The Academic Development Institute is a nonprofit organization with the goal of helping students become acclimated to their learning environments and to direct parents in ways that will help them advocate for their children in school.
“We basically work with families around their rights for their children,” said Parent Coordinator Joyce Smith. “It’s really to help parents to be leaders.”
As summarized by the organization, the institute “works with families, schools and communities so that all children may become self-directed learners, avid readers and responsible citizens, respecting themselves and those around them.”
The institute is located in East St. Louis and works to help community members residing in the East St. Louis and Venice areas. The institute was originally founded in 1984 by Sam Redding, the current CEO of the organization who works at the central office located in Lincoln.
“I had been a college dean before that and we were concerned that too many students were not really prepared for college,” Redding said.
One of the organization’s main focuses is to build the capacity of East St. Louis School District families to work with the district as equal partners in the education of their children and to advocate effectively for their students, their school communities and the district.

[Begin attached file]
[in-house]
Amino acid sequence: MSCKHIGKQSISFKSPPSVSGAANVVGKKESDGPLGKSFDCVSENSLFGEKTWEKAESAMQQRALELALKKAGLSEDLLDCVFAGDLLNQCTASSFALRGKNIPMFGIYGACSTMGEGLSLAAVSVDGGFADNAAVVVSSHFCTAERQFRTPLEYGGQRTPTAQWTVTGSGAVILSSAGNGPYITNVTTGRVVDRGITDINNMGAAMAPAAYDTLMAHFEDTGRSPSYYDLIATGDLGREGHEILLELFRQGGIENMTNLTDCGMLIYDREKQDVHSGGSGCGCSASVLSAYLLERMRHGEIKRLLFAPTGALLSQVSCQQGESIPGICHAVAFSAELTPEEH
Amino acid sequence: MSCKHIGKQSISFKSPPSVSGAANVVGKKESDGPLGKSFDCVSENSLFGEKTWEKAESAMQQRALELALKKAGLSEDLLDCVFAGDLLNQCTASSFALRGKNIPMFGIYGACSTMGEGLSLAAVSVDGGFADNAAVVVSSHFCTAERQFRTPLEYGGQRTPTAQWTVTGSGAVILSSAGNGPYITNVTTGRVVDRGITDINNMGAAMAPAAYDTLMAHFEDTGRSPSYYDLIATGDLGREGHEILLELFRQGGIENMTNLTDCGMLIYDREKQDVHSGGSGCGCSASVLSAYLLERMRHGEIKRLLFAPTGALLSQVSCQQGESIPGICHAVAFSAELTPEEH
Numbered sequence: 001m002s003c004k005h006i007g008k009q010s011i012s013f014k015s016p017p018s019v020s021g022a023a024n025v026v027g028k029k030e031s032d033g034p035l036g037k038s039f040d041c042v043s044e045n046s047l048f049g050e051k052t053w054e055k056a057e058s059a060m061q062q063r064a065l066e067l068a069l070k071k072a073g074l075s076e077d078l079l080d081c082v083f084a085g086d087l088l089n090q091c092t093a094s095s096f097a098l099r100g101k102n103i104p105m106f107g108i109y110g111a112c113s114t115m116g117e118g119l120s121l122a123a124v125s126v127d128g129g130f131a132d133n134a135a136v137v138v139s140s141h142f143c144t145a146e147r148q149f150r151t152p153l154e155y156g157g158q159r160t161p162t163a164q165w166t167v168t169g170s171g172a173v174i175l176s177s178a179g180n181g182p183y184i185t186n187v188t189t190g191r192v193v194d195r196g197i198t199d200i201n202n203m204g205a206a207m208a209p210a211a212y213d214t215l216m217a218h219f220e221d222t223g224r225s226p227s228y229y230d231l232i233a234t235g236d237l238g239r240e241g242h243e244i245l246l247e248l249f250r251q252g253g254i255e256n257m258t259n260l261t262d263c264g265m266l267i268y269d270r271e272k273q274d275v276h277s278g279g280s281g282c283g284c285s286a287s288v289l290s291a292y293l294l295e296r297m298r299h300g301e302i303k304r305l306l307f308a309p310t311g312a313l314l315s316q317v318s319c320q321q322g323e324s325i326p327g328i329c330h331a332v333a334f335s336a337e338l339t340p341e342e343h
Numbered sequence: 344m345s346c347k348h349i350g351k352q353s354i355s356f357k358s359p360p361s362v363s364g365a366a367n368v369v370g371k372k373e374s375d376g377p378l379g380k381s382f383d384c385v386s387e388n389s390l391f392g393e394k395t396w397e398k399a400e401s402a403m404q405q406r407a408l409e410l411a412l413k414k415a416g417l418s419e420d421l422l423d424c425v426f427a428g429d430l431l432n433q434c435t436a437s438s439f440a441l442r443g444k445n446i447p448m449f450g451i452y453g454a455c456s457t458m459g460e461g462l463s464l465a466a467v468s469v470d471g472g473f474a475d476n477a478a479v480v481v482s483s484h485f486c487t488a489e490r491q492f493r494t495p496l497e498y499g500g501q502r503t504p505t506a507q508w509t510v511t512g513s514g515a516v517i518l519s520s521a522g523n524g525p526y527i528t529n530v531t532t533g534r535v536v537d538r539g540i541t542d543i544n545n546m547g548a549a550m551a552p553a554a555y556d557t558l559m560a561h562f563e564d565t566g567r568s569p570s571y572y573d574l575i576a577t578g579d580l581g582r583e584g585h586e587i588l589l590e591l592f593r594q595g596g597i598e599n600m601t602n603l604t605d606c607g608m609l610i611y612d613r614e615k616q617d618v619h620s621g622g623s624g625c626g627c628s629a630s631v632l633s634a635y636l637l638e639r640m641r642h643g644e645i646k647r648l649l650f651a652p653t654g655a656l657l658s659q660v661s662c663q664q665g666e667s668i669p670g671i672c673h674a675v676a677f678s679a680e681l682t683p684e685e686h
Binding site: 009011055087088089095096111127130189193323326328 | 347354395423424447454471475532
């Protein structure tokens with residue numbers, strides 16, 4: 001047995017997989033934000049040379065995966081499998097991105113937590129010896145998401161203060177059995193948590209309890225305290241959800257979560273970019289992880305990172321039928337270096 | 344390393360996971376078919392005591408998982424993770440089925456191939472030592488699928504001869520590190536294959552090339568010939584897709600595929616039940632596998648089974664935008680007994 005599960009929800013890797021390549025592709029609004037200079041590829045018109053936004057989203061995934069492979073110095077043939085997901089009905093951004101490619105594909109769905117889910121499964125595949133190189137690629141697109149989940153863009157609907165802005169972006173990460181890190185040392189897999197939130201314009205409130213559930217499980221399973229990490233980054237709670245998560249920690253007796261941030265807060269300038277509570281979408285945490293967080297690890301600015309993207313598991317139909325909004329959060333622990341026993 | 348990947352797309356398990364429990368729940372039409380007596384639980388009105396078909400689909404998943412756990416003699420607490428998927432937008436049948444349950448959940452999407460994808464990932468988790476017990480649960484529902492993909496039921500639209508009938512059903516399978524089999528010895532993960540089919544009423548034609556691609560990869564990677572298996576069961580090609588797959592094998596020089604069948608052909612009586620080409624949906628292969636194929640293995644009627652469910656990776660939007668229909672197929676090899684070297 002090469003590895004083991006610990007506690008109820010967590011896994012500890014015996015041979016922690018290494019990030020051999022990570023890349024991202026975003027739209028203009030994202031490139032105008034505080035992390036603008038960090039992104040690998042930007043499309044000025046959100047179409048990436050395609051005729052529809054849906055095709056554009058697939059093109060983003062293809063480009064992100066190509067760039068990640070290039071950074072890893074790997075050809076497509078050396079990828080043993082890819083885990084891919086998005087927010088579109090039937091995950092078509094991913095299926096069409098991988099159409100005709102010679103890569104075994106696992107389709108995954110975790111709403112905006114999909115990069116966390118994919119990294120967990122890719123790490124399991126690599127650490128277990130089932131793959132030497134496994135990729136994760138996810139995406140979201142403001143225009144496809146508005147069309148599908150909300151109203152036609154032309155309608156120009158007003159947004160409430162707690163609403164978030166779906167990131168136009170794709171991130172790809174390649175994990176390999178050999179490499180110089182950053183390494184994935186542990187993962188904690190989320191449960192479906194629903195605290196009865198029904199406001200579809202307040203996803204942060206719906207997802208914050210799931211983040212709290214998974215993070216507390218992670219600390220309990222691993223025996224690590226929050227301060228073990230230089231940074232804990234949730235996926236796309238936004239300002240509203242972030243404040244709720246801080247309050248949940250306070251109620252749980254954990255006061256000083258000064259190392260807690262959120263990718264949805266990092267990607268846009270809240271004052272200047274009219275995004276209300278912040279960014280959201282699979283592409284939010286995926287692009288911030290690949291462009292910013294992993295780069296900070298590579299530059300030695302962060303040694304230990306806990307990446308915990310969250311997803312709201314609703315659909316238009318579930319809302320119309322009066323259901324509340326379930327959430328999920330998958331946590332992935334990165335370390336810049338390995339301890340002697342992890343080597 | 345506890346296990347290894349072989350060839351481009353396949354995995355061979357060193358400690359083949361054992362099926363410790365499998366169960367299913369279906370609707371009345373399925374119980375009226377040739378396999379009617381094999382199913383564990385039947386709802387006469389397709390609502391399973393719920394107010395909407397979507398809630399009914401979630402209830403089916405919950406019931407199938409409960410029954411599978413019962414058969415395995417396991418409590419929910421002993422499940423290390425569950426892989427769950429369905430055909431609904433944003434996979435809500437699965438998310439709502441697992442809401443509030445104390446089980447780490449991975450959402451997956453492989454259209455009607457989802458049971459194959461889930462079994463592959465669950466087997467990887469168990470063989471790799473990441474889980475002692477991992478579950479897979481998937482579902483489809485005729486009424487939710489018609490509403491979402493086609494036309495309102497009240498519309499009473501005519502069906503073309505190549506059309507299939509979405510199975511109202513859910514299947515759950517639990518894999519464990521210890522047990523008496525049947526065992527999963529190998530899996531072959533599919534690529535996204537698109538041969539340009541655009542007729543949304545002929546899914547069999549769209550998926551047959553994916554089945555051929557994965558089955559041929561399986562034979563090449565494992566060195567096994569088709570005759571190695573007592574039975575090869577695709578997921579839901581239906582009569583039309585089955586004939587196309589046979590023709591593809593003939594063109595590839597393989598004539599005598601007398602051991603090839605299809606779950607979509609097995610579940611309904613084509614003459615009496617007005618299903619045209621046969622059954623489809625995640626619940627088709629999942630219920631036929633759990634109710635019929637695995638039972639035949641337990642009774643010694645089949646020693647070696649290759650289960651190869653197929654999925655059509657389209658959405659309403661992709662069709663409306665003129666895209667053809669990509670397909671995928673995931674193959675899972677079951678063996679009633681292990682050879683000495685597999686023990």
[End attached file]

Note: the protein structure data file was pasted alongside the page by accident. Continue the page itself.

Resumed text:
“Parents are finding their voices,” Smith said. “Now when they go to meetings, they are able to stand up and present or express themselves and know what they’re talking about.”
These parents are volunteers who earn stipends for attending these meetings. The institute’s staff members meet with parents once every month to help them improve their knowledge of how to support their children with their schoolwork and activities.
They learn about their rights as parents regarding their child and how to communicate and work with school personnel if they face any problems throughout the school year. Furthermore, these meetings serve as an empowerment tool.
“I have had children go through the school district in East St. Louis,” Smith said. “I see the need for the parents to have the resources and to know their rights and to know the ‘do’s’ and ‘don’ts’ and the proper way to conduct themselves when they have an issue with the school.”
The parents are required to take what they learn at their monthly meetings and set up workshops at their respective schools for all of the parents to attend so that the information can be passed on.
In addition to guiding parents and providing them with resources in person and through their website, the institute also works with the U.S. Department of Education to conduct research about education. For example, the institute has helped study what practices in schools increase test scores, and which do not.
“It’s a job where you have the satisfaction that you’re doing something good for the community,” Redding said.
Priscilla Joel is a senior at Francis Howell North.
Beth O'Malley • 314-340-8869